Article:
Specializing in the practice of Real Estate and Business Litigation, Ron Rossi's expertise amounts to tremendous success both in and out of the legal profession. As a decorated attorney, he has prevailed in countless lawsuits, handling incredibly diverse disputes and transactions. As an expert on Silicon Valley Real Estate, Ron has served on many committees for the California Association of Realtors (C.A.R.) and has represented the National Association of Realtors (N.A.R.). Furthermore, Mr. Rossi has shared his insight through a variety of real estate law courses at a local law school, junior colleges, and continuing education programs for attorneys.
For ten years, Ron was published bi-weekly in the San Jose Mercury News, single-handedly creating the "Real Law" column in order to offer accessible legal advice. Readers appreciated his insight on both commonplace issues and unusual hiccups in the Bay Area Real Estate market, helping buyers, sellers, and agents avoid preventable litigation.
Ron's trademark work ethic and remarkable ambition have been striking through his entire career. Starting with his part-time practice of selling and managing real estate during law school, Ron continues to go above and beyond as a founding member of the firm. Today, he is happily married and the proud father to three adult children. He continues to live in Saratoga after 25 years and enjoys skiing, weight lifting, boxing, and backpackin.
Nvidia Corporation, Inc. v. Extreme Networks, Inc. (Santa Clara County Superior Court Case No. 1-01-CV-803483).
Ron defended a multinational software company in a lease dispute, reaching a confidential yet notable settlement.
Lewis v. Pico Ranch, Inc., et al. (Santa Clara County Superior Court Case No. 1-02-CV812971).
Ron represented a purchaser of commercial property in San Jose who sued the seller for fraud and concealment. The seller failed to disclose that the standing tenant was going out of business and rescinding its long-term lease, concealing the tenant's letter announcing its shutdown. After a two-week trial, the court tentatively ruled that the principals were liable for fraud and damages in excess of $1 million. Sellers agreed to settle for the full amount plus all attorneys' fees before the court rendered its final opinion.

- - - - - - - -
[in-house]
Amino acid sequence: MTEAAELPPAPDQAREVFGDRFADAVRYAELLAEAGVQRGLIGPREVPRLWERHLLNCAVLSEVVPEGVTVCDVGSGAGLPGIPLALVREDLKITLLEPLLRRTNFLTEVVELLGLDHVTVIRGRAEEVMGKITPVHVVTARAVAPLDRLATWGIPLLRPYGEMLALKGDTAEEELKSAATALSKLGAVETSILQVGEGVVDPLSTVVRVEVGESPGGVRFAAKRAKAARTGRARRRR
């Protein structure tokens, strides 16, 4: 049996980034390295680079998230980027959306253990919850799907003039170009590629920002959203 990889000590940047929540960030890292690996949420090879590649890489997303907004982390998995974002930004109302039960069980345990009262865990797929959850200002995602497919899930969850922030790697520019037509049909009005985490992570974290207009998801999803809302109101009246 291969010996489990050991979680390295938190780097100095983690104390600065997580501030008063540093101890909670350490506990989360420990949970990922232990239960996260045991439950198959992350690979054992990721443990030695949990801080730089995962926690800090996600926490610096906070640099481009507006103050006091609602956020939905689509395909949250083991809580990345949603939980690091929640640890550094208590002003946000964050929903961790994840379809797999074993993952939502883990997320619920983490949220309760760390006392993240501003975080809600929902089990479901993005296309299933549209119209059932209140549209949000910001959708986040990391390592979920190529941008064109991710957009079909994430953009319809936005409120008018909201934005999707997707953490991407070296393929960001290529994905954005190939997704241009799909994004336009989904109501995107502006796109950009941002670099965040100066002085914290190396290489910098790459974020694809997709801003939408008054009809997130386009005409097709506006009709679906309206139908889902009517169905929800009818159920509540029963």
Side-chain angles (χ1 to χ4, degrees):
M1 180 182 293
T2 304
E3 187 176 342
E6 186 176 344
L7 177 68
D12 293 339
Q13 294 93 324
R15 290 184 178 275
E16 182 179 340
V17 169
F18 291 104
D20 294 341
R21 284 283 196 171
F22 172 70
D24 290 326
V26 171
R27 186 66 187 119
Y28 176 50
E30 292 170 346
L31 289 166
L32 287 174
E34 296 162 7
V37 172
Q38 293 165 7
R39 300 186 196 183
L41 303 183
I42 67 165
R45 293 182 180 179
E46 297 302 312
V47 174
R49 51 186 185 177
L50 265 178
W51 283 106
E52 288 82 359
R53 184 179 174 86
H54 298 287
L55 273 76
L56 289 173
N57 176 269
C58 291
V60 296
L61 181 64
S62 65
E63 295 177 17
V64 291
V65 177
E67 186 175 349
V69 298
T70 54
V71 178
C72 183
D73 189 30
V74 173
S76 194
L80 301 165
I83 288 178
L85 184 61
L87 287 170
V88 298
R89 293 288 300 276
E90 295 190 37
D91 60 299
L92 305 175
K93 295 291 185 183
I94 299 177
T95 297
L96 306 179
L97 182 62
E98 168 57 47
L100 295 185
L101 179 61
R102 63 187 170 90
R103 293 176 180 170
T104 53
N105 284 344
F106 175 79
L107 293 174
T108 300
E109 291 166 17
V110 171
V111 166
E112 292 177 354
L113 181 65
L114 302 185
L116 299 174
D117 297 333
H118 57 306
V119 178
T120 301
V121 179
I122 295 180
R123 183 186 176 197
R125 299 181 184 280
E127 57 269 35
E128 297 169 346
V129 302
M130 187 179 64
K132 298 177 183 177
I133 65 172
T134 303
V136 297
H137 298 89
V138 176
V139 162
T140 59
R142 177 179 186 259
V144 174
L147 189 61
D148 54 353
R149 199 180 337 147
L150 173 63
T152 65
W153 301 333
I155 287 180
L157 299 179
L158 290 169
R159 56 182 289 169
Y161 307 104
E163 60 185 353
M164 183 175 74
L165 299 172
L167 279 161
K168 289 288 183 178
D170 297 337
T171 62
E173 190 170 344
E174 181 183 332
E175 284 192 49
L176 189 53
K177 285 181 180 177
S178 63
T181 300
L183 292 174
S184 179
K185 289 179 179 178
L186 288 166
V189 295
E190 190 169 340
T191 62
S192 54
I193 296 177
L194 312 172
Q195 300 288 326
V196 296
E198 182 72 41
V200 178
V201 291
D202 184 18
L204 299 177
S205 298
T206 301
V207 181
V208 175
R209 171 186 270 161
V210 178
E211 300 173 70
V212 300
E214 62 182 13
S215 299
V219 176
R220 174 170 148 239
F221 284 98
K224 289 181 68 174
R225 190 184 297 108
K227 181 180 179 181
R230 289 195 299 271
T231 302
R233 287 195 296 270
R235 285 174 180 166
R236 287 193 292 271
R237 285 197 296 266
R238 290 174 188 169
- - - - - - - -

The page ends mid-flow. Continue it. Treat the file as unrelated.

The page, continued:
Smith v. DiNapoli (Santa Cruz County Superior Court Case No. 1-03-CV009914).
Ron represented the seller of high-end residential property suitable for subdividing against the real estate broker who acted as a dual agent in the transaction (representing both the buyer and the seller). The agent failed to properly prepare the contract providing seller would be paid additional compensation upon approval of the lot split. Seller recovered almost $1 million from the broker.
DeMattai, et al. in re: 506 University Avenue (non-litigation).
Regarding the purchase and development of a Los Gatos property, Ron assisted a major building contractor in buying out his partners' interests.
City of Cupertino v. Blue Pheasant (Santa Clara County Superior Court Case No. 104CV026233).
Ron settled a lease renewal dispute between the tenant restaurant owner and the landlord, City of Cupertino. The dispute was over a provision in the lease which required the restaurant to shut down before 11:00 pm daily, hence costing the business $300K annually.